On December 10, 2020, , the Supreme Court ruled unanimously in the case of Tanzin vs. Tanvir that the three plaintiffs Muhammad Tanvir, Jameel Algibhah and Naveed Shinwari can seek monetary damages from the FBI agents who placed them on no-fly lists after they refused to spy on fellow congregants at their mosques in New York. The case hinged on the Court’s interpretation of the Religious Freedom Restoration Act (RFRA), which prohibits the government from placing an undue burden on an individual’s practicing of religion.
Origins of the Case
The case originated when FBI agents asked the plaintiffs in separate incidents to spy on fellow mosque-goers in New York. After the men refused, the FBI placed them on the no-fly list, which prohibited the plaintiffs from taking commercial flights in the U.S. Tanvir, Algibhah, and Shinwari all had relatives living overseas, so flight restrictions were particularly harmful to them.
Ramzi Kassem, a lawyer for the three men, said in court, “Federal agents put my clients on the no-fly list because they refused to spy on innocent co-religionists in violation of their Islamic beliefs. My clients lost precious years with loved ones, plus jobs and educational opportunities.”
The plaintiffs also described a range of other harassment from FBI agents. Tanvir said that his passport was confiscated and later returned to him, he was accused of being a member of the Taliban, threatened with arrest, and promised immigration benefits for his wife overseas.
Homeland Security removed the men from the no-fly list after they filed a lawsuit against the FBI agents. As a result, a federal district court ruled that the lawsuit was moot. However, the 2nd Court of Appeals reversed that decision, sending the case to the Supreme Court. The Supreme Court’s unanimous 8-0 ruling upheld the decision of the 2nd Court of Appeals. Justice Clarence Thomas delivered the opinion.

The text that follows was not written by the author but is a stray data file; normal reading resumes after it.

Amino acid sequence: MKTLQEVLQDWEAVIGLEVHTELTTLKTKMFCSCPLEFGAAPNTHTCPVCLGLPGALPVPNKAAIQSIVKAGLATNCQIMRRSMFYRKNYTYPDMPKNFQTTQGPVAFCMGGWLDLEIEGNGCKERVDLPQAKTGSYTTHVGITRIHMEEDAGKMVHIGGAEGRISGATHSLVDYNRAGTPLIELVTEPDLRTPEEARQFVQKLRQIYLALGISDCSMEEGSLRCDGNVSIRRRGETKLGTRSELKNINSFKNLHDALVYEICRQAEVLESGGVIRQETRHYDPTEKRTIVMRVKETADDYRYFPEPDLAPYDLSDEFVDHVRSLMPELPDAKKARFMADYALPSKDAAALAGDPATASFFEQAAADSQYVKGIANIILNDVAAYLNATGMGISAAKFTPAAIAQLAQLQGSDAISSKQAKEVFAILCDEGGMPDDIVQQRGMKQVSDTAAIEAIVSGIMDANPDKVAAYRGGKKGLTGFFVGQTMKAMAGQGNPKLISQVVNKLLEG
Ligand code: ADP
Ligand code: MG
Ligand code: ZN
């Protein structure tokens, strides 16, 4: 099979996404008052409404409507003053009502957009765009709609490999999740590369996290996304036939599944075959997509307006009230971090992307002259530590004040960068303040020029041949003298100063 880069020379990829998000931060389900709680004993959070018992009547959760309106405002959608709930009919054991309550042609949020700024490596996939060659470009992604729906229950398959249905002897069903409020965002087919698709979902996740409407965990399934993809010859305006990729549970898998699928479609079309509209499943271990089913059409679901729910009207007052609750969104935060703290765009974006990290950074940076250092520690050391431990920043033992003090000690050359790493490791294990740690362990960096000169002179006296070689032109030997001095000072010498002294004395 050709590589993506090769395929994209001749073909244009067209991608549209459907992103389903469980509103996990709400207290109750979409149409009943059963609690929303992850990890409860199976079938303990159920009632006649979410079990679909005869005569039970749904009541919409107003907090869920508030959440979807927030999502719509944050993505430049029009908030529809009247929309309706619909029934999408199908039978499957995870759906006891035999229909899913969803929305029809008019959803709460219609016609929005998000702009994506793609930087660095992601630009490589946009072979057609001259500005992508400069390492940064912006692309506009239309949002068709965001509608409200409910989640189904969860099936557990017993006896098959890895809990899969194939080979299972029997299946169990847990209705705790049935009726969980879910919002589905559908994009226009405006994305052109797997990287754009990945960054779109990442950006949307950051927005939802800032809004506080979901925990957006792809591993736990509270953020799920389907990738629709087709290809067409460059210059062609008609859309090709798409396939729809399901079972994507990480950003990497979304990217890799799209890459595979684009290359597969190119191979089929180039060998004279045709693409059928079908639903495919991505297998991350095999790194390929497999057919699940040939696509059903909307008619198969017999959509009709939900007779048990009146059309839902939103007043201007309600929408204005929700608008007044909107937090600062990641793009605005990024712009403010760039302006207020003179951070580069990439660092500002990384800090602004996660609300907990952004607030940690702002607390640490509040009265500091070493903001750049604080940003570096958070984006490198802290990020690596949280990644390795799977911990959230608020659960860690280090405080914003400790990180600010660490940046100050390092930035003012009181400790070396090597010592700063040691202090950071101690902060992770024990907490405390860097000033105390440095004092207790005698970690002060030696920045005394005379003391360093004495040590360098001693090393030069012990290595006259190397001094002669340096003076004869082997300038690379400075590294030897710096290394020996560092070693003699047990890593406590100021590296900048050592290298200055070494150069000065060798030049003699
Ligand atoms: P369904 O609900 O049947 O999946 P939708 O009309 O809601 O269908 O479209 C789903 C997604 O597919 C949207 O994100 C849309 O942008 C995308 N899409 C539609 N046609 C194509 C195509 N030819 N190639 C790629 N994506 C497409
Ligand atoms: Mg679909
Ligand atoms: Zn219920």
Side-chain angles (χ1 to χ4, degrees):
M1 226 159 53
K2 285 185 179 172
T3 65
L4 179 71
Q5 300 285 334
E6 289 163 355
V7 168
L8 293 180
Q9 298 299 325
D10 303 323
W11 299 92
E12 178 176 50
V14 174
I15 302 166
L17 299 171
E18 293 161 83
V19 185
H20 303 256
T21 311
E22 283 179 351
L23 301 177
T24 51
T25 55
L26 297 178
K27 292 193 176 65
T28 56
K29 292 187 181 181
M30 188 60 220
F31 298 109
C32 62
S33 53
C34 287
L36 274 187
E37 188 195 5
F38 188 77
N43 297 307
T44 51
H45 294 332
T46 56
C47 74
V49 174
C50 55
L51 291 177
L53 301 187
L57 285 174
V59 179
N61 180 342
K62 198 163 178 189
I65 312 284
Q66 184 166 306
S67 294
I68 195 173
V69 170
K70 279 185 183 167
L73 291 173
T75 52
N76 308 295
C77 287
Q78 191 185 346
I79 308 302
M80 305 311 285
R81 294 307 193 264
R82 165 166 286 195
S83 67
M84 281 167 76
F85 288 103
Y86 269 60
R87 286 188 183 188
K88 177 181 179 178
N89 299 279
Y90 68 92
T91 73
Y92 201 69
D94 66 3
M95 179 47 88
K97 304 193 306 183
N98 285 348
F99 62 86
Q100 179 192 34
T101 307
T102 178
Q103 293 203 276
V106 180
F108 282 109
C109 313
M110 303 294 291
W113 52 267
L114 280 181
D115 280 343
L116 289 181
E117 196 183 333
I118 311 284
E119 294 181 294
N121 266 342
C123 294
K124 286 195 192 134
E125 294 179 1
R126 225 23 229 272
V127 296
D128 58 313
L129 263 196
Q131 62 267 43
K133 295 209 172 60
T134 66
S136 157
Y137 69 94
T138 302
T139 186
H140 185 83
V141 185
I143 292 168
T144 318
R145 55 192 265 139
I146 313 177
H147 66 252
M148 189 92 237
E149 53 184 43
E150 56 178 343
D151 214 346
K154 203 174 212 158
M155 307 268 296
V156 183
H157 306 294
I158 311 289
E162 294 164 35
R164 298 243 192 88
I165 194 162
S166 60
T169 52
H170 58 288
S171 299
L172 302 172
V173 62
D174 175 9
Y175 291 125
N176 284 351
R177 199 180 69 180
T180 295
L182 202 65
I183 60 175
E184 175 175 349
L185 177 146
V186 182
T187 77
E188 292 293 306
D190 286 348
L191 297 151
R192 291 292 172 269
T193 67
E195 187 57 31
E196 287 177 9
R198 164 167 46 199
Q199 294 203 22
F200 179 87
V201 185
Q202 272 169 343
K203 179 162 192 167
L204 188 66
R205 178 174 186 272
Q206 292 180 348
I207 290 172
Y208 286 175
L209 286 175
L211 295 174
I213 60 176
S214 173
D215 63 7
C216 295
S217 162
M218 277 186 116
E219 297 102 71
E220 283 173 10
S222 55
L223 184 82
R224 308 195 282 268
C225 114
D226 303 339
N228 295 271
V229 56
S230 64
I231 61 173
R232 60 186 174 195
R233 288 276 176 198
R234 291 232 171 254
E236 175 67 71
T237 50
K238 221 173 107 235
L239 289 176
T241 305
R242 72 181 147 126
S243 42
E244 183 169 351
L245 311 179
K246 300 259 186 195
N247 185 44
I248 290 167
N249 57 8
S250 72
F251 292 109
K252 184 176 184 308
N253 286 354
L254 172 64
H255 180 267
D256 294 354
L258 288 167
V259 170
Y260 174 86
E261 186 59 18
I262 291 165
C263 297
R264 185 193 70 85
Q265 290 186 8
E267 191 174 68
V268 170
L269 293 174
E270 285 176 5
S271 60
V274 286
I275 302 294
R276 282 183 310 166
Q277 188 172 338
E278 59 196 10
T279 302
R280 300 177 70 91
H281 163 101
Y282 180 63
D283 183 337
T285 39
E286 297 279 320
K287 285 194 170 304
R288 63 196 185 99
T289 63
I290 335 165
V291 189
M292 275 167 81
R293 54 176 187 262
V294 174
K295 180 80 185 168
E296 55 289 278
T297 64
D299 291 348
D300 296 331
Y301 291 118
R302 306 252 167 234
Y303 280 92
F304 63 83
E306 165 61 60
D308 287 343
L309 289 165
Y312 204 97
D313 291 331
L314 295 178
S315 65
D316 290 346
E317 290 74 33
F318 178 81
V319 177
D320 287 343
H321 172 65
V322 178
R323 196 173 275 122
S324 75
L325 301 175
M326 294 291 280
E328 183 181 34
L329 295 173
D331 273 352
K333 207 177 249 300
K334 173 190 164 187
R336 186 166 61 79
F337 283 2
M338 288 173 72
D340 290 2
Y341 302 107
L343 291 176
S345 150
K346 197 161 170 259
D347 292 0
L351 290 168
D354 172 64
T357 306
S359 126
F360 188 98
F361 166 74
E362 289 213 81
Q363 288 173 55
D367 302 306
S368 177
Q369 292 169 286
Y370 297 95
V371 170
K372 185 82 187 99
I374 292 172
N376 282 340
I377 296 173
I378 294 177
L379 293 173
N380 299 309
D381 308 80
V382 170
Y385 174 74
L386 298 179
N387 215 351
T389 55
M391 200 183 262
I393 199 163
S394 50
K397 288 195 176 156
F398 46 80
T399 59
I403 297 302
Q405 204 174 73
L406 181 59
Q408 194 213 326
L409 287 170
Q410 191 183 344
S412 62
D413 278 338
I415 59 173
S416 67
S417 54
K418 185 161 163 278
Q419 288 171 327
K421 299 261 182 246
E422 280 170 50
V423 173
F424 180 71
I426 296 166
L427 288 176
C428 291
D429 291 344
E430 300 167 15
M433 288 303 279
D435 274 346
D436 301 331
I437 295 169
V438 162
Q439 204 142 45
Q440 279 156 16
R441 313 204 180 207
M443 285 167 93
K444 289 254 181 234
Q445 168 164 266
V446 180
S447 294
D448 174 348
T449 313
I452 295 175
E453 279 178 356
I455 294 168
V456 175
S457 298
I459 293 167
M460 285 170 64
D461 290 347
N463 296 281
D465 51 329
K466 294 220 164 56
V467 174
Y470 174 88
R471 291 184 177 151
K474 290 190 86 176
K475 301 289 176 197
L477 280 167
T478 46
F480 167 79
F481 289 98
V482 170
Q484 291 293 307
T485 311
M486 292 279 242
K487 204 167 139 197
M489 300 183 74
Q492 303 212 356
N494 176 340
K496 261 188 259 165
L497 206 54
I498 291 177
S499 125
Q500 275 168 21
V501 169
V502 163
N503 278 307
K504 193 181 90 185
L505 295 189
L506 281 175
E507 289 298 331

He stated that the FBI’s actions violated the RFRA, which prevents the government from placing an undue burden on an individual’s religious practice. There is an exception if the burden “furthers a compelling governmental interest; and is the least restrictive means of furthering that compelling governmental interest.” Neither circumstance applied in this case.
The basis for the lawsuit was the RFRA’s provision that individuals can “obtain appropriate relief against a government” for causing an undue burden on their religious practice. Moreover, the individuals can sue the government agents, in this case FBI agents, in their personal capacities.
In reference to the same provision, Justice Thomas stated that monetary compensation is not only appropriate under the circumstances, but that it is the only way of remedying the injuries that the FBI’s actions caused to the three men for the cost of plane tickets and lost job opportunities. He stated, “A damages remedy is not just ‘appropriate’ relief as viewed through the lens of suits against government employees. It is also the only form of relief that can remedy some RFRA violations. For certain injuries, such as respondents’ wasted plane tickets, effective relief consists of damages, not an injunction.”
Implications of the Case
The Supreme Court overruled the federal district court’s decision, which stated that the lawsuit was moot once the FBI removed the men from the no-fly list. An amicus brief filed by The Becket Fund for Religious Liberty stated that the decision will no longer permit the FBI to avert lawsuits in the future through such means.
Senior counsel Lori Windham said, “We’re glad the Supreme Court unanimously emphasized that the government can’t expect to be let off the hook by simply changing its tune at the last second.”
The case may also have widespread implications for the Muslim-American community and aliens of Muslim faith visiting the U.S.. Since 9/11, the FBI has often targeted mosques as a focal point for surveillance measures, causing serious issues regarding religious freedom, as was the case in Tanzin vs. Tanvir. The risk that FBI agents now face for placing undue burden on their religious worship may deter the harassment of Muslim citizens across the country.